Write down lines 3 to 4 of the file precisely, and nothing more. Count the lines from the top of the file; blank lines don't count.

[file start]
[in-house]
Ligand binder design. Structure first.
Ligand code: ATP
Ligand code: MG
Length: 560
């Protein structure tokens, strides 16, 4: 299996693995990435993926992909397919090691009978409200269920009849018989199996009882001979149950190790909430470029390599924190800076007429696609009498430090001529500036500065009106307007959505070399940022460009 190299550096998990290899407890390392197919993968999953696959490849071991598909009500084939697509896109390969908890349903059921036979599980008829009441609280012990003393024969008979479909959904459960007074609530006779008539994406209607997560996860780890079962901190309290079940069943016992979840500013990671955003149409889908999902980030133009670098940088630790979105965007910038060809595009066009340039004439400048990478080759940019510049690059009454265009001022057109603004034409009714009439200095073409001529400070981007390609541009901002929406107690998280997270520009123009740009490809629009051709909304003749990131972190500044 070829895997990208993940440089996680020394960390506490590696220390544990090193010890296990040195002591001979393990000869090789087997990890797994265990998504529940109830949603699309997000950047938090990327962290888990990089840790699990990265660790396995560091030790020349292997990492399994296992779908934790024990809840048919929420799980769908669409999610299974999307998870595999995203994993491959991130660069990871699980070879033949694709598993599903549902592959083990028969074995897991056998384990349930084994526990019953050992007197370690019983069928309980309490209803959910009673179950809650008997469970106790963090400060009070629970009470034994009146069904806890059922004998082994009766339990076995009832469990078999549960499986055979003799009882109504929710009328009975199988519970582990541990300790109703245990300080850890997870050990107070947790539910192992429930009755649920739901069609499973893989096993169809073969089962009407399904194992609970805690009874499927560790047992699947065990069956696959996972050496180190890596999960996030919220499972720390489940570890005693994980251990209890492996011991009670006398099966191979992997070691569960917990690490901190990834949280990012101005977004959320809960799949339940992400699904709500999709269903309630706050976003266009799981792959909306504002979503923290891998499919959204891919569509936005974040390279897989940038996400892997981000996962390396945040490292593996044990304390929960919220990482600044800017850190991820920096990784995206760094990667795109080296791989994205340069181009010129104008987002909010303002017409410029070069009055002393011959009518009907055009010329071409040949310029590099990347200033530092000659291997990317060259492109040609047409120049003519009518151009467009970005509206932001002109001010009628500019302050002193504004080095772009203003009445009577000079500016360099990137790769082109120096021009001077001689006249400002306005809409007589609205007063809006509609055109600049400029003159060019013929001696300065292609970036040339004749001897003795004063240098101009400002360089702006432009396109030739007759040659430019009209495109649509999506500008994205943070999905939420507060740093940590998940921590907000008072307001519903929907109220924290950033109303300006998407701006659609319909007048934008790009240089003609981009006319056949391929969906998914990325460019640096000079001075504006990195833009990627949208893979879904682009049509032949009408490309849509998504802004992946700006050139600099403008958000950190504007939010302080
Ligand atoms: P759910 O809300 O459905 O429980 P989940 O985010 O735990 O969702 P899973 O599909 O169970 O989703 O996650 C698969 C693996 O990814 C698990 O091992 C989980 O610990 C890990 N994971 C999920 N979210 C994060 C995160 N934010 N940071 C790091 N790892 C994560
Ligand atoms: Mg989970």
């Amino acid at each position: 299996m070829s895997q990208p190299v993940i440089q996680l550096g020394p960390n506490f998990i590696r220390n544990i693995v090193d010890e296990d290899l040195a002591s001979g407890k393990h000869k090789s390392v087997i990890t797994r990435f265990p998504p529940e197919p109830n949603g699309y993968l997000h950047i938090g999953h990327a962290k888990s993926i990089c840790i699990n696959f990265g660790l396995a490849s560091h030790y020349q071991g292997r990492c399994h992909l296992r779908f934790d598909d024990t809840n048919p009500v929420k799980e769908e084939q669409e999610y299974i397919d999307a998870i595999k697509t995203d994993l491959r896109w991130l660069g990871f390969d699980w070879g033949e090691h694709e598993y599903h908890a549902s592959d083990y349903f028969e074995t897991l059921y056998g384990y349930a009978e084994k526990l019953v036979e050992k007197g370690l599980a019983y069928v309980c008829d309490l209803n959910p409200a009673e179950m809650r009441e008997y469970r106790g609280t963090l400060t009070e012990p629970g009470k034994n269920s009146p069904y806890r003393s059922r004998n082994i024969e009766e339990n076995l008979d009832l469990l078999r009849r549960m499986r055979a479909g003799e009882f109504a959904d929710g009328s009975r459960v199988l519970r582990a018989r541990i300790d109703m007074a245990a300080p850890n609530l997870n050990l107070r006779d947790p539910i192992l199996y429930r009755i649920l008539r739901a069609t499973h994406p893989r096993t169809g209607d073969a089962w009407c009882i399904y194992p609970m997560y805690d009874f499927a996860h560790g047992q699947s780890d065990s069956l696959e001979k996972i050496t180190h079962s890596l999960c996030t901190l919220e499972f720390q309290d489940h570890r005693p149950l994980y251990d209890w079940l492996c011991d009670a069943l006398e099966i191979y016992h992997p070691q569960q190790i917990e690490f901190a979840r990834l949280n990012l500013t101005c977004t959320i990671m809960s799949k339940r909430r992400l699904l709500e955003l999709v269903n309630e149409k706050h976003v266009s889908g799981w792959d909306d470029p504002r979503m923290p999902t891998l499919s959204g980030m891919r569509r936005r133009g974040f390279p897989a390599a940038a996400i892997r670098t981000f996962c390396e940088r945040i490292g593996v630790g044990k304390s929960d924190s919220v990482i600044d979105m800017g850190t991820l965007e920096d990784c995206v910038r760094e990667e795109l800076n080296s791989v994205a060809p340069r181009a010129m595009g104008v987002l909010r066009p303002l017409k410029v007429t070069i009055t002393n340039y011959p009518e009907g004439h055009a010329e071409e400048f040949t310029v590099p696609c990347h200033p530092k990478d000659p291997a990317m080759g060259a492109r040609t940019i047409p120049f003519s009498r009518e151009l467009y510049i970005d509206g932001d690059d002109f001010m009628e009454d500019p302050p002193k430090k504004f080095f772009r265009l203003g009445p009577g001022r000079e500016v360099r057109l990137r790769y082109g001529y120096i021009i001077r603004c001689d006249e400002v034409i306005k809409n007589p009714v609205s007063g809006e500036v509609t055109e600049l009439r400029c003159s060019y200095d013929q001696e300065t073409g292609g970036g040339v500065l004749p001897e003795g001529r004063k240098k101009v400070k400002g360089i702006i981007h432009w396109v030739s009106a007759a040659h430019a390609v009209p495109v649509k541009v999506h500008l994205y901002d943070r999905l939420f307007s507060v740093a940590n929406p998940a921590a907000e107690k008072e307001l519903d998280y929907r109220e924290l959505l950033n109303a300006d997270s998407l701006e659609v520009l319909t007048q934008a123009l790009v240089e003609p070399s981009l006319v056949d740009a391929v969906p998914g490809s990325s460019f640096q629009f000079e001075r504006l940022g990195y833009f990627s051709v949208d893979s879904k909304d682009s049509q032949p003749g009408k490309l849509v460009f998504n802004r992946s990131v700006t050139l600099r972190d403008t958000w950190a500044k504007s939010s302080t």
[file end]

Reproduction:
Ligand code: ATP
Ligand code: MG